Referrals or word-of-mouth is the most valuable and effective way of gaining new clients. When your client actively refers you, you don’t have to spend as much of your time marketing!

What Your Client Offboarding Process Might Include

You can use a simple spreadsheet to keep track of this or a specific online tool such as Dubsado. Automate as much as you want.


Here are the elements you might include in your offboarding process.


Follow-Up

Once you’ve delivered a project for your client, check with them to see if they need anything else, ensure that you’ve delivered everything required, and check that they are happy. This helps you work out everything that needs to be done before you part ways.

Send your Client Offboarding Pack & Final Invoice

An offboarding pack should include a summary of the work you’ve done and the impact. If applicable, include some helpful resources and FAQs that will continue to support them after your working relationship has ended.

This reminds them that you’re there for them long-term while reminding them of how great you are and what you’ve done for them!

This is also the perfect time to ask for a testimonial and referrals. Don’t beat around the bush. Give them details of your referral scheme and share alternative ways to work with you in the future.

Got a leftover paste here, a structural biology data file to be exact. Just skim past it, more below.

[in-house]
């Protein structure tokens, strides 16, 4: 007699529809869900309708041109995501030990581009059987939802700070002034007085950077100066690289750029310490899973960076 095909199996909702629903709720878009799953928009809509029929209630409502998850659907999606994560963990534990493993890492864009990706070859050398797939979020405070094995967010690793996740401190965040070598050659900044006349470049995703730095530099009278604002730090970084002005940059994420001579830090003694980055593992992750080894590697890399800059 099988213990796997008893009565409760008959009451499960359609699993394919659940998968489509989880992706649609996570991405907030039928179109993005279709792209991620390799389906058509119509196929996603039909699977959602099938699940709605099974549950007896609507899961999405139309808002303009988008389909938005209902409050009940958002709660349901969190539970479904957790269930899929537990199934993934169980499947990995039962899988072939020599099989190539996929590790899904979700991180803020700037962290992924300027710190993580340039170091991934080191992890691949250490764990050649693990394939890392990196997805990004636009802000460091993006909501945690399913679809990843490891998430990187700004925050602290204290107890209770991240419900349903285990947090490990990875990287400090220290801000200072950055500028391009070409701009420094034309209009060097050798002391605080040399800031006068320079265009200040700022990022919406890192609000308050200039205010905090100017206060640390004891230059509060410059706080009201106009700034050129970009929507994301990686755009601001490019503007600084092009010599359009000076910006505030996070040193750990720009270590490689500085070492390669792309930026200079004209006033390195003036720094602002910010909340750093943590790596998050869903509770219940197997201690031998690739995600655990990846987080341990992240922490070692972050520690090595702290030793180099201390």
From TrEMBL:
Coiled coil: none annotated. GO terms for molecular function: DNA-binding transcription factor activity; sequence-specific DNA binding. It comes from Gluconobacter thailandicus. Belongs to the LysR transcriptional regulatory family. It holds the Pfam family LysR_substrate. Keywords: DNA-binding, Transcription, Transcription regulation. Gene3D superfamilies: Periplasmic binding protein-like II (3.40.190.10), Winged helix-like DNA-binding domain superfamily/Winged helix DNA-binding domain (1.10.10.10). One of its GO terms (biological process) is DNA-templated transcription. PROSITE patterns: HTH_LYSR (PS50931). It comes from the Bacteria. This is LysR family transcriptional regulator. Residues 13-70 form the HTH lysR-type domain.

Send your Client a Thank-You Card and/or Gift

This is optional, additional way to overdeliver for your client. Have some thank-you cards made with your logo or brand colors. After the project is finalized, send a card thanking the client for their business and mentioning something positive about your experience working with them.

This is an easy way to stay front-of-mind. Few other freelancers do this.

Promote Your Client and Share Your Work

Let your client know you would love to promote and share their work with your audience and ask if they are comfortable with you doing that. Ask when it’s appropriate and if there are any other guidelines they would like you to adhere to.

Stay in Touch

This is often the most overlooked element of offboarding and where the hidden gold can be!

Two to three months after the project ends, reach out and check if they are happy with everything. Ask if they have any questions. Ask if the product or service you delivered had the desired result.

If they’re happy with the project, ask them if they’d be willing to be a case study.

Because your offboarding process provides such a good experience, your client should be enthusiastic about being one of your client case studies. If you need to sell them on the idea, here’s what’s in it for them.

  • You’ll link from your website to their website.

  • You’ll promote their positive results on your social media.

  • You’ll include the case study in your emails so your audience also gets to know your client.

  • If your case study is filmed, offer them some clips they can use in their own promotional materials.

If necessary, gently walk the client through what a case study is. Make the process as easy and as painless as possible for them.


That’s It!


You now know how to create an outstanding offboarding experience for your clients!

By making this an integral part of your client experience, you create trust and establish yourself as a professional. It can also win you more work through word of mouth, solid testimonials, and case studies.

As your reputation builds this will translate into a steady pipeline of dream clients. You’ll reduce the time you spend marketing and end the cycle of freelance feast and famine.

4 views0 comments